Deadly Silence: Are You Listening


Summer weather has arrived, and nothing cools you down better than a dip in the pool. But there are a few things you should know before jumping in.

Drowning is the leading cause of injury-related death among children 1-4 years of age. It’s also the third leading cause of unintentional injury-related death among children 19 and under.

The California Governor’s Office of Emergency Services, in conjunction with Sacramento Metropolitan Fire District, produced a series of public service announcements to remind people just how dangerous backyard pools can be.

Below are all six version of the PSA — three in English, and the same three in Spanish.

Deadly Silence: Version I


Deadly Silence: Version ll


Deadly Silence: Version lll


Keep in mind these safety tips when swimming:

Watch kids when they are in or around water

Keep young children and weak swimmers within arm’s reach of an adult. Make sure more experienced swimmers are with a partner every time.

Choose a Water Watcher

When there are several adults present, choose one to be responsible for watching children in or near the water for a certain period, such as 15 minutes. After 15 minutes, select another adult to be the Water Watcher.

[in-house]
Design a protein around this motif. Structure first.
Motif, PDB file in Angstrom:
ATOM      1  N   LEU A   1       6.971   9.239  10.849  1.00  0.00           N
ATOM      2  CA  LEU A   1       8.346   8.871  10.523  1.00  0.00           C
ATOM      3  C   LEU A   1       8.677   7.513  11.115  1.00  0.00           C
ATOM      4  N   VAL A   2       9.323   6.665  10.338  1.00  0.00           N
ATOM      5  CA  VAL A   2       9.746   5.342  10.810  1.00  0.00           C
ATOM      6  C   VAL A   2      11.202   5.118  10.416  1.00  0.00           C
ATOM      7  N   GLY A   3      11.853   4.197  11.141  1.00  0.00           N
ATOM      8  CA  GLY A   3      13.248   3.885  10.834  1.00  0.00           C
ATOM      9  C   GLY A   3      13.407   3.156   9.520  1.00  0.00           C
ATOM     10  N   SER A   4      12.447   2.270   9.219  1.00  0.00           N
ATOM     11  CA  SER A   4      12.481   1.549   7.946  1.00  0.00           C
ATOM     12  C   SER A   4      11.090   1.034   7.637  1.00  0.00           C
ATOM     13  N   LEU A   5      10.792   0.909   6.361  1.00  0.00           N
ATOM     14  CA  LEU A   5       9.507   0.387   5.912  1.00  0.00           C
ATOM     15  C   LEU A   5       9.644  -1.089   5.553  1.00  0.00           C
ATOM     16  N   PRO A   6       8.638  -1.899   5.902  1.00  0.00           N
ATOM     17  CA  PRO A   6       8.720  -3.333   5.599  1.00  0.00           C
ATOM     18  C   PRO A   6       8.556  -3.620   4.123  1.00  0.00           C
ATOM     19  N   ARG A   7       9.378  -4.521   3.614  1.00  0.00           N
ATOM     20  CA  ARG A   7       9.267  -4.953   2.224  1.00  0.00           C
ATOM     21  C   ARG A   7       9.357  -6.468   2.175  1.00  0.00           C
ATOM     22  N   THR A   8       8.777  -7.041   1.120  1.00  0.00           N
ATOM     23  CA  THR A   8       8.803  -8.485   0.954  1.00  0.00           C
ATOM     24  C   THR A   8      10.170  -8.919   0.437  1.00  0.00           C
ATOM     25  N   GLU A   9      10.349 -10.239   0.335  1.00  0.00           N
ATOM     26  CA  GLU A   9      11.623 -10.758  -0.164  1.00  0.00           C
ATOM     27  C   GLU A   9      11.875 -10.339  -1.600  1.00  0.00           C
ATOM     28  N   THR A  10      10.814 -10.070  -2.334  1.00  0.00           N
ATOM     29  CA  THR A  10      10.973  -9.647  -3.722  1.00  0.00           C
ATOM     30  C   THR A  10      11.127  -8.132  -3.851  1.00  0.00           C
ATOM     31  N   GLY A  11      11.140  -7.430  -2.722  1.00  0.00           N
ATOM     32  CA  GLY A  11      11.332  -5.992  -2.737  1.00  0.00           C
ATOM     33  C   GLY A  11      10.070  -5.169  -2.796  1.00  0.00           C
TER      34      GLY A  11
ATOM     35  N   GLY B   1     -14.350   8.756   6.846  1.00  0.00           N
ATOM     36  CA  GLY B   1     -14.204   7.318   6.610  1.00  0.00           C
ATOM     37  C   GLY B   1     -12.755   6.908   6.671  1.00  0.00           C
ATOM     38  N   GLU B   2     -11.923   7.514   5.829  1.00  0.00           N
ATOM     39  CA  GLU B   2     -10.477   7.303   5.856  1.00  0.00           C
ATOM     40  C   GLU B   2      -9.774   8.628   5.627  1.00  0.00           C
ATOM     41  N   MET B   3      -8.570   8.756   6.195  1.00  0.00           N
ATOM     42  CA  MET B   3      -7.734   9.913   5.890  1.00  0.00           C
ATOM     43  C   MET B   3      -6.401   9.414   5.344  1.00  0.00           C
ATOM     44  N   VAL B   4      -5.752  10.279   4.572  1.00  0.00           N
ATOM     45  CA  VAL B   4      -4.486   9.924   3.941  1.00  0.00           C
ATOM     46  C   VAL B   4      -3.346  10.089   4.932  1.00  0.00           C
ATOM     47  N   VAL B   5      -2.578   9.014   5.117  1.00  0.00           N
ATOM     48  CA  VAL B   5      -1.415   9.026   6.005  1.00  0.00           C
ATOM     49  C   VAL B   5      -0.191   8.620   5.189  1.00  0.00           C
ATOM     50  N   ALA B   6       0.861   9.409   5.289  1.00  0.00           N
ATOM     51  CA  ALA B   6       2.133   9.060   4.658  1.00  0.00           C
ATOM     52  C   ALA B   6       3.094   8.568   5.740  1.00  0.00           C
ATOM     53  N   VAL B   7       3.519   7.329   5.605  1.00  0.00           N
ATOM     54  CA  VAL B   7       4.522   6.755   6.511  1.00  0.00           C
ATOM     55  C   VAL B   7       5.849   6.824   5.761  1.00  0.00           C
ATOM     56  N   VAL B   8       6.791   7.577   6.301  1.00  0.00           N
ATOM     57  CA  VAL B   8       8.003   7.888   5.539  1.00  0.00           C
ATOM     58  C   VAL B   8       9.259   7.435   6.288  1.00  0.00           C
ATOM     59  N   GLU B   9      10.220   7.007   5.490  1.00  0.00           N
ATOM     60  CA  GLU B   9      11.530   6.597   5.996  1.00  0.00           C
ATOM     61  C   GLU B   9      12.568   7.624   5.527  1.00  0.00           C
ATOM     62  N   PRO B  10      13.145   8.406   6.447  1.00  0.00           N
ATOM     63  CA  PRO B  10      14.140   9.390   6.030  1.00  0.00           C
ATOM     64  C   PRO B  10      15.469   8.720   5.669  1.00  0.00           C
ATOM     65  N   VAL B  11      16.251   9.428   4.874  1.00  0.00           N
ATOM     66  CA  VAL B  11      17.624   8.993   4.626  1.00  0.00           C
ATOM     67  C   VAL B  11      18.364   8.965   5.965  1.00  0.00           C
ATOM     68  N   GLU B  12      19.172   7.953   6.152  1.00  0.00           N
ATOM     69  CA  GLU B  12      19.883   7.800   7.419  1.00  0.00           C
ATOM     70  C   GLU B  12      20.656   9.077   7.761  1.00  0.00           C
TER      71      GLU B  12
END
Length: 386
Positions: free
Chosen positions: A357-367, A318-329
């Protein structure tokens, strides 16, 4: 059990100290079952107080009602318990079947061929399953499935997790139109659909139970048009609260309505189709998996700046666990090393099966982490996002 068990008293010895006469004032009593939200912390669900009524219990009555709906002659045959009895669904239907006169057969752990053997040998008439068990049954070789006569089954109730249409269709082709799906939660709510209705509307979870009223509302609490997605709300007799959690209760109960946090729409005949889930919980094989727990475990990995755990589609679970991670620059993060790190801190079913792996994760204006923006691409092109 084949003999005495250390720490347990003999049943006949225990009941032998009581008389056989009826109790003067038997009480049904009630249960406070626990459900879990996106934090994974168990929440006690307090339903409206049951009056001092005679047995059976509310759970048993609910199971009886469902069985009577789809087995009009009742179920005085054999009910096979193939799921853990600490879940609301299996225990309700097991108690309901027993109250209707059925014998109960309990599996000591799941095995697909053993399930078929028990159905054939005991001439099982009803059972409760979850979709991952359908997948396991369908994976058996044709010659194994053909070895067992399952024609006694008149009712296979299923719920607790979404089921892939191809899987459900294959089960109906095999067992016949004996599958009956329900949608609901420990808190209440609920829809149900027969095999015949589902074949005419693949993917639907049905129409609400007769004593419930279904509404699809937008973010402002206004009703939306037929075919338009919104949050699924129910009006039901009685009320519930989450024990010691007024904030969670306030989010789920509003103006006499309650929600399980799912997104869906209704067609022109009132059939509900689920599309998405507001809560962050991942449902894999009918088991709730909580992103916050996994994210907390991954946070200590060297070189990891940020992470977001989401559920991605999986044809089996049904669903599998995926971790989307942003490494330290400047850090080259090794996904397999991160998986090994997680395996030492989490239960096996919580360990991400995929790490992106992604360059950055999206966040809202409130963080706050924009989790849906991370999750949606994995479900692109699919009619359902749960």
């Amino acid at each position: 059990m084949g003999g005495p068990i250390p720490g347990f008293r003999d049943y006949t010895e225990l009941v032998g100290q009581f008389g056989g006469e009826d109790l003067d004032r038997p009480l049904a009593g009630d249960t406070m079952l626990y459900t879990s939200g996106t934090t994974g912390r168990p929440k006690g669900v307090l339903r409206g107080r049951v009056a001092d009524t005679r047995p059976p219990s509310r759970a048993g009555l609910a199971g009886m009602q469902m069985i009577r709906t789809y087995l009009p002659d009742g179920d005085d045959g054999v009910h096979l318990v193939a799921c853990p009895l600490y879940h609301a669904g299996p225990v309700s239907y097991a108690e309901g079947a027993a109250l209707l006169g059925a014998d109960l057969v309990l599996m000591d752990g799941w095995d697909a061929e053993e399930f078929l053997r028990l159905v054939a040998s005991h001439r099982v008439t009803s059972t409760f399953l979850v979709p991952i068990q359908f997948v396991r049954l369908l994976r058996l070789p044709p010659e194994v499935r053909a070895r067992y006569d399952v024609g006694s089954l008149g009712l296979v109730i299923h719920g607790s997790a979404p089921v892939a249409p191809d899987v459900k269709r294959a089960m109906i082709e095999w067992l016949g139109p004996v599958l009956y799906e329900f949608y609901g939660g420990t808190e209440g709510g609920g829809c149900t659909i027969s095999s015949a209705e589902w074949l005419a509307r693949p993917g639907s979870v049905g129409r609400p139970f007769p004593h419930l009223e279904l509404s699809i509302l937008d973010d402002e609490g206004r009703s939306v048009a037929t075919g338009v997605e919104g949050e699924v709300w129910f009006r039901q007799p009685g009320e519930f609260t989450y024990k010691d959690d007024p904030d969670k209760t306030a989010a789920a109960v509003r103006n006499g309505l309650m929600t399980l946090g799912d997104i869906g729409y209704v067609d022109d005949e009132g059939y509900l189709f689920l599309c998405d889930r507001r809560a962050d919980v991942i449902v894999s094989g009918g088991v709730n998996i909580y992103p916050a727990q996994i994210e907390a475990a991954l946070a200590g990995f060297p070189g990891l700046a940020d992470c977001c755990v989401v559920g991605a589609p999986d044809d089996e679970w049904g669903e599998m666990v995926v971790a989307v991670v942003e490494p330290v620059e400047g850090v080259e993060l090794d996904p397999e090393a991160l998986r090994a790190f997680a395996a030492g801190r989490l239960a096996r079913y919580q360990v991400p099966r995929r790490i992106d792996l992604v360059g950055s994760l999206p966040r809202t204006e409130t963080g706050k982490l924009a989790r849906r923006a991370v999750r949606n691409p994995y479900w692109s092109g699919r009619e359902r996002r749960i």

Teach children how to swim

Every child is different, so enroll children in swim lessons when they are ready. Consider their age, development and how often they are around water.

Make sure kids learn these five water survival skills

  • Step or jump into water over their head and return to the surface.
  • Turn around in the water and orient to safety.
  • Float or tread water.
  • Combine breathing with forward movement in the water.
  • Exit the water.

Teach children that swimming in open water is different from swimming in a pool

Be aware of situations that are unique to open water, such as limited visibility, depth, uneven surfaces, currents, and undertow. These potential hazards can make swimming in open water more challenging than swimming in a pool.

Learn CPR and basic water rescue skills

It is important to know how to respond in an emergency without putting yourself at risk of drowning. Learning these skills may help you save a life.

Safety Resources:

Governor’s Office of Emergency Services

Red Cross

National Safety Council

Centers for Disease Control and Prevention